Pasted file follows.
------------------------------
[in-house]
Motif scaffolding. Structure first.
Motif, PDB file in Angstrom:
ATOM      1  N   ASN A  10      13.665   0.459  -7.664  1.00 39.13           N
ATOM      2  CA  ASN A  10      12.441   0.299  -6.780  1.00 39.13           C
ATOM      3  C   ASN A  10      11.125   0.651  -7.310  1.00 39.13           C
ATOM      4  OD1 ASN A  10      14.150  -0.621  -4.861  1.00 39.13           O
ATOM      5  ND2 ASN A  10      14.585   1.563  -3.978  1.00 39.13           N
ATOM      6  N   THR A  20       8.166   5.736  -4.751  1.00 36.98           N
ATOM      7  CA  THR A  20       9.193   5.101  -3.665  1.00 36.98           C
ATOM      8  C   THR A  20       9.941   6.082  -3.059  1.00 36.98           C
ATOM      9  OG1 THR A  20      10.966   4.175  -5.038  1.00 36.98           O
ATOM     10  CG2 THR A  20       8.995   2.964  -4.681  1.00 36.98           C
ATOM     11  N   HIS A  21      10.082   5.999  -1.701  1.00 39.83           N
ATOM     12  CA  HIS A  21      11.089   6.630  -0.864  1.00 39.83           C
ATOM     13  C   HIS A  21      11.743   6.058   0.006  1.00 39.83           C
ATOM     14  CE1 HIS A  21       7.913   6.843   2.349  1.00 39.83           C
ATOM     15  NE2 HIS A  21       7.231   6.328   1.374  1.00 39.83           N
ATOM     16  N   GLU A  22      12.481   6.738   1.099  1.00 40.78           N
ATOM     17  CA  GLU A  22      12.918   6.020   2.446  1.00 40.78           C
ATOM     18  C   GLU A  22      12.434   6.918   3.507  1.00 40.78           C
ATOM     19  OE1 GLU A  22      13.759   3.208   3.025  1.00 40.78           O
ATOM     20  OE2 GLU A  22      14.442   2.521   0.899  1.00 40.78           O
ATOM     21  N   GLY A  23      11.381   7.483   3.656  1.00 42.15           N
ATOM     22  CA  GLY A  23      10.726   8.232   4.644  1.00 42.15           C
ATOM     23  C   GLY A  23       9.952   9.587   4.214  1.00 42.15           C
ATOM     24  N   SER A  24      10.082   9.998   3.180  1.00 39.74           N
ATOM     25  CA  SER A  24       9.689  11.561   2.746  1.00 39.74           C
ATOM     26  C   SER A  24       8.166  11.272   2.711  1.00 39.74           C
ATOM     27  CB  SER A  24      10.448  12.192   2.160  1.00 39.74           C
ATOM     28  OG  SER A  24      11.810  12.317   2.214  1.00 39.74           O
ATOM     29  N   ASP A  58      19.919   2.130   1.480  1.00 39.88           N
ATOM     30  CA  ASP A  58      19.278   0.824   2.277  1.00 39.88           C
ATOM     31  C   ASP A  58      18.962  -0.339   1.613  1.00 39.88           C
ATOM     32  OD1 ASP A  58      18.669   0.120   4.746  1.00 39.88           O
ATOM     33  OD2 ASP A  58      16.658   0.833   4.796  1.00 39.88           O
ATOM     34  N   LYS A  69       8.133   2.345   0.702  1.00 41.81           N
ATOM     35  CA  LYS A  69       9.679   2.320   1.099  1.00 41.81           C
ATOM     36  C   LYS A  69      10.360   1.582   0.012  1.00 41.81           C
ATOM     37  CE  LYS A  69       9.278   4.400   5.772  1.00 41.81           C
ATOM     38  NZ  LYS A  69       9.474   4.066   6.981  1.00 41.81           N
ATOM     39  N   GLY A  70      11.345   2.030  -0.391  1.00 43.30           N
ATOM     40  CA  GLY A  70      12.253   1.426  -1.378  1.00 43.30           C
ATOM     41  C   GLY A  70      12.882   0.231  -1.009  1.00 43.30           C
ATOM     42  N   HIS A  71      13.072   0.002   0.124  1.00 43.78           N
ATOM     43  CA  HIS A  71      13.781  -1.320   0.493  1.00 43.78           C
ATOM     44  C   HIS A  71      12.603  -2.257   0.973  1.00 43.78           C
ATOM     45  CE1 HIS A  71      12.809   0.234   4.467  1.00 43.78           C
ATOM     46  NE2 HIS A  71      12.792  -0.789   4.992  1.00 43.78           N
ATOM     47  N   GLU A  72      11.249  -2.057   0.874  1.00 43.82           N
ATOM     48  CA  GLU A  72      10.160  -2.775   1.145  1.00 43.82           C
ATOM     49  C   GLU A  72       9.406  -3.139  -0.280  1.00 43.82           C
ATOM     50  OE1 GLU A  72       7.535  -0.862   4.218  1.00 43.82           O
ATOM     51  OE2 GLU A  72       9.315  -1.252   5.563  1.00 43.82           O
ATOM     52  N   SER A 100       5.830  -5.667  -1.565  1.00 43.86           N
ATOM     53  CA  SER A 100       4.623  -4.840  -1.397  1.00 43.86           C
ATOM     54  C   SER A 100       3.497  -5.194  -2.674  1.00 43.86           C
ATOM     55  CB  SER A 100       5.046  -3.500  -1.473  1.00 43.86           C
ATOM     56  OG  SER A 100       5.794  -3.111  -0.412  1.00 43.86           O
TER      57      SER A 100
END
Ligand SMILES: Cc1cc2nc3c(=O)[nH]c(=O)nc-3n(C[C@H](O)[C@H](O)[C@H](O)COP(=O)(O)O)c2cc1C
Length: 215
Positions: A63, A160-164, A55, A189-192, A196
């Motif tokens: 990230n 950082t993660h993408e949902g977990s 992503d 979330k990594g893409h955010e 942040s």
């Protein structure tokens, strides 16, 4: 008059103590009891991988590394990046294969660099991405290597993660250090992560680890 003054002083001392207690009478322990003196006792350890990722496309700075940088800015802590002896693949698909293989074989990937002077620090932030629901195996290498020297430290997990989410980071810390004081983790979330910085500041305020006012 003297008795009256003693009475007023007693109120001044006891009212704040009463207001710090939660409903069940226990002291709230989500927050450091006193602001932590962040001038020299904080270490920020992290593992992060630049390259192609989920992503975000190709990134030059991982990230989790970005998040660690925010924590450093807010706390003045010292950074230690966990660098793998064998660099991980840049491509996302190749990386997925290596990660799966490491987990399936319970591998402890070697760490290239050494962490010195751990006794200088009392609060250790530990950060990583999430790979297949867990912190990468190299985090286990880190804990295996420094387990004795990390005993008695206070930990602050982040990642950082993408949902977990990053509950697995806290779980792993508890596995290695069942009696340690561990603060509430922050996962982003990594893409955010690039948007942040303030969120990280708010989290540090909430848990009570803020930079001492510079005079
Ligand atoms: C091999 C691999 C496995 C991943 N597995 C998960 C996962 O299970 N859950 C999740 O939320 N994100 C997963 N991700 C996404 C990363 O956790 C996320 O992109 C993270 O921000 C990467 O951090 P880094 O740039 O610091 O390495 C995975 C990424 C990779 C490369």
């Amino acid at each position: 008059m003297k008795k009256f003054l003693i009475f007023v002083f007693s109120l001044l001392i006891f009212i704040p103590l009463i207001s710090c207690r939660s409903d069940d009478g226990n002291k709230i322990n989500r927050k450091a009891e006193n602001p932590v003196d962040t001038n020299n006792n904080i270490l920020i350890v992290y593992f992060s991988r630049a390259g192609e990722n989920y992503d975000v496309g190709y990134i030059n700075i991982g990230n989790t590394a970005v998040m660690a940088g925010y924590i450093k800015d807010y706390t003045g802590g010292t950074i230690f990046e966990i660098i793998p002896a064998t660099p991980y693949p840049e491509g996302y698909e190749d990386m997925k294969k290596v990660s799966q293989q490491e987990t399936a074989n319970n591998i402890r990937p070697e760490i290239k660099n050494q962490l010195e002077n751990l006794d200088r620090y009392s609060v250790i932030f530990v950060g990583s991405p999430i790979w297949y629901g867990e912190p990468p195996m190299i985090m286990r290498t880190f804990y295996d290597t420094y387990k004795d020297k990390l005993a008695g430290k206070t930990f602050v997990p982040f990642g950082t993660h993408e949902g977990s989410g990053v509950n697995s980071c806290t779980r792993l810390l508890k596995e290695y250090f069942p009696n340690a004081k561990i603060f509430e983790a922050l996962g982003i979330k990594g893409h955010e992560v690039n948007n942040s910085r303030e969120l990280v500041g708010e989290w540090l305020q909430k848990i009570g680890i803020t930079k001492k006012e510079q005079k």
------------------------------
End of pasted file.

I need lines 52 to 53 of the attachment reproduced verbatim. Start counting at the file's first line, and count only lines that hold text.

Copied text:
ATOM     49  C   GLU A  72       9.406  -3.139  -0.280  1.00 43.82           C
ATOM     50  OE1 GLU A  72       7.535  -0.862   4.218  1.00 43.82           O